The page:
Thus, if adopted, the NIA defence would render illusory the grant of the monopoly that this court has already found to be valid and infringed.  Such an approach would be inconsistent with the intent of the Patent Act.
Far from protecting valid and infringed patents, Apotex’s assertion, if accepted, would actually create an incentive to infringe.  Apotex’s position in this litigation is that it should only have to pay (at most) the cost savings associated with using the infringing AFI-1 process.  If this position is accepted, a competitor will always choose to infringe rather than use the more expensive and less efficient non-infringing alternative.
My own view, as expressed repeatedly in my book, is that United Horse-Shoe and its progeny are fundamentally wrong as a matter of economic logic.  If, but for the infringement, the defendant would have resorted to a noninfringing alternative that would have enabled it to make all the sales it made using an infringing product, the patentee quite literally has suffered no lost profit attributable to the infringement.  Put another way, the patentee's profit on sales of its patented products in the hypothetical world of no-infringement would have been no different than its profit on actual sales in the real world of infringement.  Awarding the patentee lost profits premised on its having captured all of the defendant's infringing sales thus results in overcompensation.  The correct remedy to restore the patentee to the position it would have occupied but-for the infringement is a reasonable royalty calculated on the basis of what the parties would have agreed to in arms-length negotiations prior to the infringement (e.g., some portion of the defendant's expected cost savings from using the infringing process as opposed to the next-best available noninfringing alternative).  In response to the argument that this rule "create[s] an incentive infringe," I would note that the infringing defendant is worse off than the noninfringing defendant to the extent that it incurs attorneys' fees--both its own and, in Canada and in most countries other than the U.S., some portion of the prevailing patentee's fees as well--and is potentially subject (in Canada) to punitive damages or (in the U.S.) to treble damages or (in yet other countries) to some form of enhancement to compensate for risks that the licensor bears and that the infringer forgoes.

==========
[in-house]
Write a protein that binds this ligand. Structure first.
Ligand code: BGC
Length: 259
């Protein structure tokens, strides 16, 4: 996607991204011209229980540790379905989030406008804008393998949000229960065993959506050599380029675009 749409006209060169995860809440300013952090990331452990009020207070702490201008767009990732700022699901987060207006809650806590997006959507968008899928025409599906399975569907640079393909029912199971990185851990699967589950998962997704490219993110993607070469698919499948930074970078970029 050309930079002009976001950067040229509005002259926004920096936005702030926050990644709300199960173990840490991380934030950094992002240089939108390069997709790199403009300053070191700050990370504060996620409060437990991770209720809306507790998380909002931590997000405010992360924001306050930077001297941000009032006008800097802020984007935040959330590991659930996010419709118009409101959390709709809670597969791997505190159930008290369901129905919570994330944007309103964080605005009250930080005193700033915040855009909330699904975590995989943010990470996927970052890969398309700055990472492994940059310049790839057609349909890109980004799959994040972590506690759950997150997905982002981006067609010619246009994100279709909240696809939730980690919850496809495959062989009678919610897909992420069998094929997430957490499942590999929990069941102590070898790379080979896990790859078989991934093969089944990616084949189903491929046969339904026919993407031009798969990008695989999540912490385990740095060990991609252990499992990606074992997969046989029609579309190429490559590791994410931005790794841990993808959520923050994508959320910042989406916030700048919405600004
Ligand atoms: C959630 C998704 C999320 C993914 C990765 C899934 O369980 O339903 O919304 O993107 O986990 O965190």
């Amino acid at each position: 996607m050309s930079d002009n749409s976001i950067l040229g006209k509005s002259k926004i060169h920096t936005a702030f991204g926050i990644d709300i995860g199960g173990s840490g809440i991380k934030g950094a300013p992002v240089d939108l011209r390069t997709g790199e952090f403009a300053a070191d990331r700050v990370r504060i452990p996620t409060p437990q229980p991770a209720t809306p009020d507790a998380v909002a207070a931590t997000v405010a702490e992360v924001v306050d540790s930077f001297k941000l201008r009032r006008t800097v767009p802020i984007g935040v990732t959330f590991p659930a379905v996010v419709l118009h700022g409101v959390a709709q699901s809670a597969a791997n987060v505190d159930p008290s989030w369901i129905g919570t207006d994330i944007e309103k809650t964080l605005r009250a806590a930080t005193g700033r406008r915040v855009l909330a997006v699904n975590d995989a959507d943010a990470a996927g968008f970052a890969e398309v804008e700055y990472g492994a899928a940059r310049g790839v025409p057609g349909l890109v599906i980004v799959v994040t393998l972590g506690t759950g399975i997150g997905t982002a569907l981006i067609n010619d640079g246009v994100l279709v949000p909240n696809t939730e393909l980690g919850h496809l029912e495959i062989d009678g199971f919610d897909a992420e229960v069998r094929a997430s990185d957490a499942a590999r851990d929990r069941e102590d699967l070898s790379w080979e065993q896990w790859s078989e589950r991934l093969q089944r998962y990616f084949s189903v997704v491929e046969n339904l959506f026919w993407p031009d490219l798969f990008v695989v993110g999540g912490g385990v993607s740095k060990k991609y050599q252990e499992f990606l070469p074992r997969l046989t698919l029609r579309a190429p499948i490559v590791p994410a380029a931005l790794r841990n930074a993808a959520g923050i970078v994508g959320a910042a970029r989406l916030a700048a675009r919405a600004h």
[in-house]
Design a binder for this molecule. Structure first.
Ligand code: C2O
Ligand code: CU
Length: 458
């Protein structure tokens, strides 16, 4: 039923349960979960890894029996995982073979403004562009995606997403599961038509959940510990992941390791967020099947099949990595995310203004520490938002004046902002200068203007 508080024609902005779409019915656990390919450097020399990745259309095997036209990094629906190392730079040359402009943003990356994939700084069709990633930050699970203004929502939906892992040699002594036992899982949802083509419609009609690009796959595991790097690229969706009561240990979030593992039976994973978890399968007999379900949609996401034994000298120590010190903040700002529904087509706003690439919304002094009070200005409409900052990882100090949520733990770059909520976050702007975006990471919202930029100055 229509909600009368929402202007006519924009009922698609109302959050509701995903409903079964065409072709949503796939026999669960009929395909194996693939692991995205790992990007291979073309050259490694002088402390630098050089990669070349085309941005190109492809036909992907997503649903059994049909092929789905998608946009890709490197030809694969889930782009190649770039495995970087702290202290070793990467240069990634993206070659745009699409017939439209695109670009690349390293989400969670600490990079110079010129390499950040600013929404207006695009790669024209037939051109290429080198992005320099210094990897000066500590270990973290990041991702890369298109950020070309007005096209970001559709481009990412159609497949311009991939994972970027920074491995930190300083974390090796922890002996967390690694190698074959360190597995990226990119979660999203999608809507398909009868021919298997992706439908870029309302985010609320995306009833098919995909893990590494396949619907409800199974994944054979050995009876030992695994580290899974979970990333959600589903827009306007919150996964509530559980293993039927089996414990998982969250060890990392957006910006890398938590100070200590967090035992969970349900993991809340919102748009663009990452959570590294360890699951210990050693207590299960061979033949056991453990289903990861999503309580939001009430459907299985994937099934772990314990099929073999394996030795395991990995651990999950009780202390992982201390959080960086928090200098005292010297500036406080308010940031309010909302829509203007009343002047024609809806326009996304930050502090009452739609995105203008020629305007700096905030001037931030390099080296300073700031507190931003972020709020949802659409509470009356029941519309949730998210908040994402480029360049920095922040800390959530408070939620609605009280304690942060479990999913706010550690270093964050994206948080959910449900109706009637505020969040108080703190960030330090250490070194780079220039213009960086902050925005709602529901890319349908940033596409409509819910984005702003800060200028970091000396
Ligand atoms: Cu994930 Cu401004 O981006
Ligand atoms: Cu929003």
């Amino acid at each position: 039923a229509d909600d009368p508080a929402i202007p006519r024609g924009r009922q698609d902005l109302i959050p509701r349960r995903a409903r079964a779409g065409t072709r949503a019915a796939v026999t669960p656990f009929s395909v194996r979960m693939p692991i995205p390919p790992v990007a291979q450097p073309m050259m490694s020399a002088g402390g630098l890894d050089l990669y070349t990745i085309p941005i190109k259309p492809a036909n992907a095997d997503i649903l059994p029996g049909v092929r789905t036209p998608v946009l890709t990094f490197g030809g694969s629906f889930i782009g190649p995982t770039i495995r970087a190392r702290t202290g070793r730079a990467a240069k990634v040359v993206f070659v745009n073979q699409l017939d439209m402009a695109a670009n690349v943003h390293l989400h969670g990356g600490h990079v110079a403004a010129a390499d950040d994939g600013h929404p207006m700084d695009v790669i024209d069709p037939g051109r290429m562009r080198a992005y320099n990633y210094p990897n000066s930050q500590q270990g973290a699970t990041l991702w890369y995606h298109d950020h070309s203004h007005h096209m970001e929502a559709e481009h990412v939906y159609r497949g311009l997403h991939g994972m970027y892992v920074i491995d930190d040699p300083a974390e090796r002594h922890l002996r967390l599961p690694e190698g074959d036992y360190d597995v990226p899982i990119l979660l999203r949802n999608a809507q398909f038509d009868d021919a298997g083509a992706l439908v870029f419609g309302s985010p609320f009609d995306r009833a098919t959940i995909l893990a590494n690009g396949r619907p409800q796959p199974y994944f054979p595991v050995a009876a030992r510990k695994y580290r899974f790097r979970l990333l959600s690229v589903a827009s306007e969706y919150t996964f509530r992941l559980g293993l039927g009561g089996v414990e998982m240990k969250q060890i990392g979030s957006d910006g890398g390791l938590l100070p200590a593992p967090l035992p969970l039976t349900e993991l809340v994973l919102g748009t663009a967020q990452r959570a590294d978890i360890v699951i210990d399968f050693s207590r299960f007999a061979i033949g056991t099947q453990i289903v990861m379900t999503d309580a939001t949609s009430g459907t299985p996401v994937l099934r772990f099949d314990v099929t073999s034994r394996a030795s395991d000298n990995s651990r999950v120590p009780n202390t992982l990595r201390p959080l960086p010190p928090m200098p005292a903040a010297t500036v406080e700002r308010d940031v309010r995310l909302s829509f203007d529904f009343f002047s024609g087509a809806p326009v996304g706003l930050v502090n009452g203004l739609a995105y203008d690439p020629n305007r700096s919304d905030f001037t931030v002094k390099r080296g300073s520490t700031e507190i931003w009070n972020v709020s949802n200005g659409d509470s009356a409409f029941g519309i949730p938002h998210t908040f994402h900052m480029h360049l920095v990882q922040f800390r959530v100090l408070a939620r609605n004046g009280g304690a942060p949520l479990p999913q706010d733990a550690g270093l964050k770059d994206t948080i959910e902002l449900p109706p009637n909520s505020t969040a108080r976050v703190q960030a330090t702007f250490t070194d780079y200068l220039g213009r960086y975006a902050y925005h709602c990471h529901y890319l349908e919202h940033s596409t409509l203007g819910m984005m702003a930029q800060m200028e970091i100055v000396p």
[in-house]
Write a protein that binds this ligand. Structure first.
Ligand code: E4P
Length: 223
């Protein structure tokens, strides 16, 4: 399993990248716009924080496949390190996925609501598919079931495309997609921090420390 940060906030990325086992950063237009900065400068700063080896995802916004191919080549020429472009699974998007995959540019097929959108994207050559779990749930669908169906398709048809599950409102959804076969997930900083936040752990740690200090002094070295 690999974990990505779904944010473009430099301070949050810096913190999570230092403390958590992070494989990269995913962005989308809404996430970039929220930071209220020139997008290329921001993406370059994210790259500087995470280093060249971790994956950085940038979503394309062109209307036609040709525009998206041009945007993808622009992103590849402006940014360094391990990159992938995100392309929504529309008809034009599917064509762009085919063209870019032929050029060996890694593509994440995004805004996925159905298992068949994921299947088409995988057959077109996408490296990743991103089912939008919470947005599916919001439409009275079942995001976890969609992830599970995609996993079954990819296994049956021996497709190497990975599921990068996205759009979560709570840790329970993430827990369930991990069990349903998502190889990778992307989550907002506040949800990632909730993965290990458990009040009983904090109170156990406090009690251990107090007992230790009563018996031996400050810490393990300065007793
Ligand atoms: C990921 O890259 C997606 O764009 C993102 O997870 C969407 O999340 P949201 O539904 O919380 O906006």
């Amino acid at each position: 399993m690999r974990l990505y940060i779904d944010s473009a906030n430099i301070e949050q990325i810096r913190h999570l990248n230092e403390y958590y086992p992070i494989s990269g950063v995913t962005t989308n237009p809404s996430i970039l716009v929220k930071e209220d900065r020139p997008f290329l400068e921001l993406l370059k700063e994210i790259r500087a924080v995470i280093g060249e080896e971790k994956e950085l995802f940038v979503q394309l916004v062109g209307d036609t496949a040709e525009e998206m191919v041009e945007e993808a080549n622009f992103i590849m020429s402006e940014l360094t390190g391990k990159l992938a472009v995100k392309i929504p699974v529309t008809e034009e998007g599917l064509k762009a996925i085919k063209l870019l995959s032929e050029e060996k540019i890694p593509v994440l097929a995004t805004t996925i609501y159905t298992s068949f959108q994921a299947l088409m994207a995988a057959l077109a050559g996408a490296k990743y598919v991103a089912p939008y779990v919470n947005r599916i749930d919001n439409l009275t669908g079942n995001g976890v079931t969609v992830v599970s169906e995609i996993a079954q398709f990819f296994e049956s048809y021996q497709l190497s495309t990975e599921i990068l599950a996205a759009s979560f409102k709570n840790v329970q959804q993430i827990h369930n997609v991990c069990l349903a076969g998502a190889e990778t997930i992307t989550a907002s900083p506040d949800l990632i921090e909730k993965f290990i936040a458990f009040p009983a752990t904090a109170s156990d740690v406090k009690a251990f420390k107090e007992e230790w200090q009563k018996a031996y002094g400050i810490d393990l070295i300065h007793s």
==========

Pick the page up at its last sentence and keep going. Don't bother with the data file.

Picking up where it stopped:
Anyway, whether you agree with Justice Snider or with me, her opinion is a good read.  Personally, though, I hope that the Federal Court of Appeal or the Canadian Supreme Court will see fit to lay United Horse-Shoe to rest, once and for all, in my neighbor to the north.

Update:  Professor Siebrasse informs me that, as large as the judgment is in the above case, it's not the largest in Canadian history.  The biggest is the $215 million judgment awarded to generic drug maker Apotex for having been kept out of the market by Sanofi-Aventis. See Professor Siebrasse's write-up, here.